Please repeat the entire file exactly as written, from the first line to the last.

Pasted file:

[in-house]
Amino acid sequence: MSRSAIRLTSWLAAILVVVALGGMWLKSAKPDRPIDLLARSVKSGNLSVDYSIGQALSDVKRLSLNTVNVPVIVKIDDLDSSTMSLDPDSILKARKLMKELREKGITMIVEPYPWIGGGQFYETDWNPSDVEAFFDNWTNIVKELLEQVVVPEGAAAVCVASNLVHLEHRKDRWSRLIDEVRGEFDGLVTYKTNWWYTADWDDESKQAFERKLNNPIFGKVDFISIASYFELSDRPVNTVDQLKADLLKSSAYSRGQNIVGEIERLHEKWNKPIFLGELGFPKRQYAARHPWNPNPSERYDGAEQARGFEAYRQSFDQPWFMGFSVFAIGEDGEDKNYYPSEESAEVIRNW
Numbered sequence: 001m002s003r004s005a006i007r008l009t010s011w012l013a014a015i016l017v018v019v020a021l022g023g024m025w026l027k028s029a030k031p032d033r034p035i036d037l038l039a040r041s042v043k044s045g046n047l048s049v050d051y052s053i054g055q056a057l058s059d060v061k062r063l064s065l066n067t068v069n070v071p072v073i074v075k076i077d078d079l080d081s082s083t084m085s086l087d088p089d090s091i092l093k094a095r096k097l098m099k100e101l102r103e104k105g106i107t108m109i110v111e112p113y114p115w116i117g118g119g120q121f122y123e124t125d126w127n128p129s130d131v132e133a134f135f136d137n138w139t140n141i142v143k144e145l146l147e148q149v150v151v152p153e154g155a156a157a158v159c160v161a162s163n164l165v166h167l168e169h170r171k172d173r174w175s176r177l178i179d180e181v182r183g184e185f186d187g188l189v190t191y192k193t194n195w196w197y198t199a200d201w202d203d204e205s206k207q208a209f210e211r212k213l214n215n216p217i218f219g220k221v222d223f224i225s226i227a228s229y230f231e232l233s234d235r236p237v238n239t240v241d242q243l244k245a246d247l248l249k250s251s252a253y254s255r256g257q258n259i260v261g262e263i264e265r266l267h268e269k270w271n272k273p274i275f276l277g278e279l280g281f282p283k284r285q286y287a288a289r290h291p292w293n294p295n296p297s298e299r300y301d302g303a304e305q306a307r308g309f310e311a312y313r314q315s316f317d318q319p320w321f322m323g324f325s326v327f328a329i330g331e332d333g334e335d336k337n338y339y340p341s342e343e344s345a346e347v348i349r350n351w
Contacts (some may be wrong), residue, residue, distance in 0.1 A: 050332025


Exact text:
[in-house]
Amino acid sequence: MSRSAIRLTSWLAAILVVVALGGMWLKSAKPDRPIDLLARSVKSGNLSVDYSIGQALSDVKRLSLNTVNVPVIVKIDDLDSSTMSLDPDSILKARKLMKELREKGITMIVEPYPWIGGGQFYETDWNPSDVEAFFDNWTNIVKELLEQVVVPEGAAAVCVASNLVHLEHRKDRWSRLIDEVRGEFDGLVTYKTNWWYTADWDDESKQAFERKLNNPIFGKVDFISIASYFELSDRPVNTVDQLKADLLKSSAYSRGQNIVGEIERLHEKWNKPIFLGELGFPKRQYAARHPWNPNPSERYDGAEQARGFEAYRQSFDQPWFMGFSVFAIGEDGEDKNYYPSEESAEVIRNW
Numbered sequence: 001m002s003r004s005a006i007r008l009t010s011w012l013a014a015i016l017v018v019v020a021l022g023g024m025w026l027k028s029a030k031p032d033r034p035i036d037l038l039a040r041s042v043k044s045g046n047l048s049v050d051y052s053i054g055q056a057l058s059d060v061k062r063l064s065l066n067t068v069n070v071p072v073i074v075k076i077d078d079l080d081s082s083t084m085s086l087d088p089d090s091i092l093k094a095r096k097l098m099k100e101l102r103e104k105g106i107t108m109i110v111e112p113y114p115w116i117g118g119g120q121f122y123e124t125d126w127n128p129s130d131v132e133a134f135f136d137n138w139t140n141i142v143k144e145l146l147e148q149v150v151v152p153e154g155a156a157a158v159c160v161a162s163n164l165v166h167l168e169h170r171k172d173r174w175s176r177l178i179d180e181v182r183g184e185f186d187g188l189v190t191y192k193t194n195w196w197y198t199a200d201w202d203d204e205s206k207q208a209f210e211r212k213l214n215n216p217i218f219g220k221v222d223f224i225s226i227a228s229y230f231e232l233s234d235r236p237v238n239t240v241d242q243l244k245a246d247l248l249k250s251s252a253y254s255r256g257q258n259i260v261g262e263i264e265r266l267h268e269k270w271n272k273p274i275f276l277g278e279l280g281f282p283k284r285q286y287a288a289r290h291p292w293n294p295n296p297s298e299r300y301d302g303a304e305q306a307r308g309f310e311a312y313r314q315s316f317d318q319p320w321f322m323g324f325s326v327f328a329i330g331e332d333g334e335d336k337n338y339y340p341s342e343e344s345a346e347v348i349r350n351w
Contacts (some may be wrong), residue, residue, distance in 0.1 A: 050332025